If you intend to break into the hair business, then you will need to bring something unique. After all, it will be the business that stands out from the crowd that will bring in the business it needs to stay alive. That has not been a problem for Bishops Barbershop.
Leo Rivera, as the founder of Bishops, has thrown out the traditional style found within hair salons and barbershops. Those traditional images have been replaced with a new, hip style which can be appreciated by the younger generations. For those with the right business mind, Bishops has recently started franchising.
We’ve recently had the opportunity to ask Leo a few questions about his business and learn some more about what he’s looking for in a franchisee.
What is Bishops Barbershop? How long has it been in business?
Bishops Barbershop, cuts and colors for men and women, is a new kind of barbershop for Generations X, Y and Z that delivers high-end salon quality at affordable prices in a casual, fun environment that includes edgy artwork and music, and trend-setting stylists. Clients are taken on a walk-in only basis, and choose from an a la carte menu of services that includes style, shampoo, blow dry, a variety of cut and color options or even a hot towel shave. A complementary bottle of cold Miller High Life beer is offered to clients 21 and older. I opened the first Bishops Barbershop in Portland in 2001, and now have six locations open across the city.
Why did you decide to franchise your business?
We want to build on our success, and franchising is the next logical stop in the growth of the company. Organic growth has worked very well in Portland, and now it’s time to extend the brand. Hair care is a recession-proof industry, so many people want to be part of the Bishop’s concept right now, and franchising is the most effective way to offer them the opportunity to do that.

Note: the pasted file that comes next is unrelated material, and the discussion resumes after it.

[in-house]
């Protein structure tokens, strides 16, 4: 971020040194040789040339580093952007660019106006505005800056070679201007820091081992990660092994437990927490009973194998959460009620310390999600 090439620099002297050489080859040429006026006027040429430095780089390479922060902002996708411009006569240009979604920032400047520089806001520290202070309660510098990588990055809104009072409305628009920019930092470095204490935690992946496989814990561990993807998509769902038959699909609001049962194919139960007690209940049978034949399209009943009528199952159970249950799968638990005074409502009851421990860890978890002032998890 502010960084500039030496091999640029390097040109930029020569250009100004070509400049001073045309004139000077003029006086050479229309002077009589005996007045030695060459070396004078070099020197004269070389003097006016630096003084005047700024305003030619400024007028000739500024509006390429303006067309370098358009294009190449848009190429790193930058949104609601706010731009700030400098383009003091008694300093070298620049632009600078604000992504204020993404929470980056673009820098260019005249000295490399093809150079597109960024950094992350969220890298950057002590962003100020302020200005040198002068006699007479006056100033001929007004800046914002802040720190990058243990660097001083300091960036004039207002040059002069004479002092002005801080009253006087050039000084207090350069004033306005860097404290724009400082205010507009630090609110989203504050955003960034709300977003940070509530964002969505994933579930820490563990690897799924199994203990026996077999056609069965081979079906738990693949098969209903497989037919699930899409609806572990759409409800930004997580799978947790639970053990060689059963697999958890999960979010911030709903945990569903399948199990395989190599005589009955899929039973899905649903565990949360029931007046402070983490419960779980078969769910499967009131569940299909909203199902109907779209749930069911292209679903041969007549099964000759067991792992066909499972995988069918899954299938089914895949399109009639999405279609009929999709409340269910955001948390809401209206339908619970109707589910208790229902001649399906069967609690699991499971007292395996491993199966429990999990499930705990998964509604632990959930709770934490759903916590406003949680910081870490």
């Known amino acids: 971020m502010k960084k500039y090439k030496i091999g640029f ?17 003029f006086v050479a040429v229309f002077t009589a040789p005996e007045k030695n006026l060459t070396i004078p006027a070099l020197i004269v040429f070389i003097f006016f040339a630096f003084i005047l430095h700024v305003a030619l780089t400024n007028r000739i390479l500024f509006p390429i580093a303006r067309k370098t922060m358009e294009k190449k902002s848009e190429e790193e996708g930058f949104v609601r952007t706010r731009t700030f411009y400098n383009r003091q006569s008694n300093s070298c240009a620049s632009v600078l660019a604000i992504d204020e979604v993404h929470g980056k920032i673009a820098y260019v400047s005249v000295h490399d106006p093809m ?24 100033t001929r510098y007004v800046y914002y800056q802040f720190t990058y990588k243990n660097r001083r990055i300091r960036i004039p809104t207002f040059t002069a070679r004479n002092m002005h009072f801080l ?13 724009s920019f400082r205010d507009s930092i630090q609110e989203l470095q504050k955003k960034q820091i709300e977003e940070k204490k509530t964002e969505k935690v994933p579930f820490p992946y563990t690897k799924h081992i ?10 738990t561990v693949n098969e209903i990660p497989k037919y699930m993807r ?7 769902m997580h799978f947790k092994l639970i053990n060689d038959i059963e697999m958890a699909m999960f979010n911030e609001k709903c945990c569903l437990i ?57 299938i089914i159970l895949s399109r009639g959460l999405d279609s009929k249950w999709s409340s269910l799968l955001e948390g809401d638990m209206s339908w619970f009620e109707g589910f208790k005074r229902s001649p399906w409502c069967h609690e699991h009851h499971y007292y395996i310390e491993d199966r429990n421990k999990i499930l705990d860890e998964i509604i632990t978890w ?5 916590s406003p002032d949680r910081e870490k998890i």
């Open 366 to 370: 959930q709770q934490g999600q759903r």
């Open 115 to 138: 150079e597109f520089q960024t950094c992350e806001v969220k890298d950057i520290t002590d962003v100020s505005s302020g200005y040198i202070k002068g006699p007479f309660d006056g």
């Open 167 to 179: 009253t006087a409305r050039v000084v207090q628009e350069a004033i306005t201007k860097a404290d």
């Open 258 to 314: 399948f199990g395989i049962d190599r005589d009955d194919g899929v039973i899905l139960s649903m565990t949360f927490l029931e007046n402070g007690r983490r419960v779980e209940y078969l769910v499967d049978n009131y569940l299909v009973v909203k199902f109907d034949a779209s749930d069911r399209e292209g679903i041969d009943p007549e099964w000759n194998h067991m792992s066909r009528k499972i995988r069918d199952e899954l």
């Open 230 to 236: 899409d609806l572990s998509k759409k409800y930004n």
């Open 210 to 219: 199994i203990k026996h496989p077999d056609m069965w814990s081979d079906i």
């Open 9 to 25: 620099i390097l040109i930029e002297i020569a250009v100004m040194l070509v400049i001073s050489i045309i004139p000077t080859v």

What separates Bishops from other barbershops on the market?
I started Bishop’s to fill the niche between national haircut chains, traditional barbershops and full-service salons, to bring a new kind of neighborhood barbershop to the younger generation. Bishops is more than just a place to get a haircut; it’s a lifestyle. People come in to Bishops to hang out, talk, have a good time and get high-end salon quality service without the pretentiousness or expensive prices.
What inspired you to launch your business?
I got tired of paying $45 every time I wanted a haircut. And, I loved the social aspects of the old school barbershops like you see in the movies, and Bishops is a 21st century version of those, targeted to a young generation. We’re a poor man’s social club, and we like to be a part of the community. Another goal I wanted to accomplish was to support local artists, musicians and designers. Hair stylists are creative types, and they are plugged in to the creative community. Bishops is actively involved in making the community better through participating in local charities and non-profit organizations, and playing the music, using the artwork and participating in fashion events that showcase local talent.
How does someone go about franchising one of your barbershops? What are your requirements and fees?
The franchise fee is $30,000 and the total investment ranges from $203,150 to $121,150. To find out more about our franchise opportunities, they just need to visit our website at www.bishopsbs.com or call 866.639.1388. Our team has had many years of barbershop, retail and franchising experience, and we bring a hands-on approach to our training and field support of franchisees. We work with our franchisees every step of the way in how to create the Bishops mystique in their particular markets so that they are building their own business while building our mutual brand.
While you were starting your business or after the launch, were there any problems you might have encountered? What were they? How did you manage to work around it and what did you learn from the experience?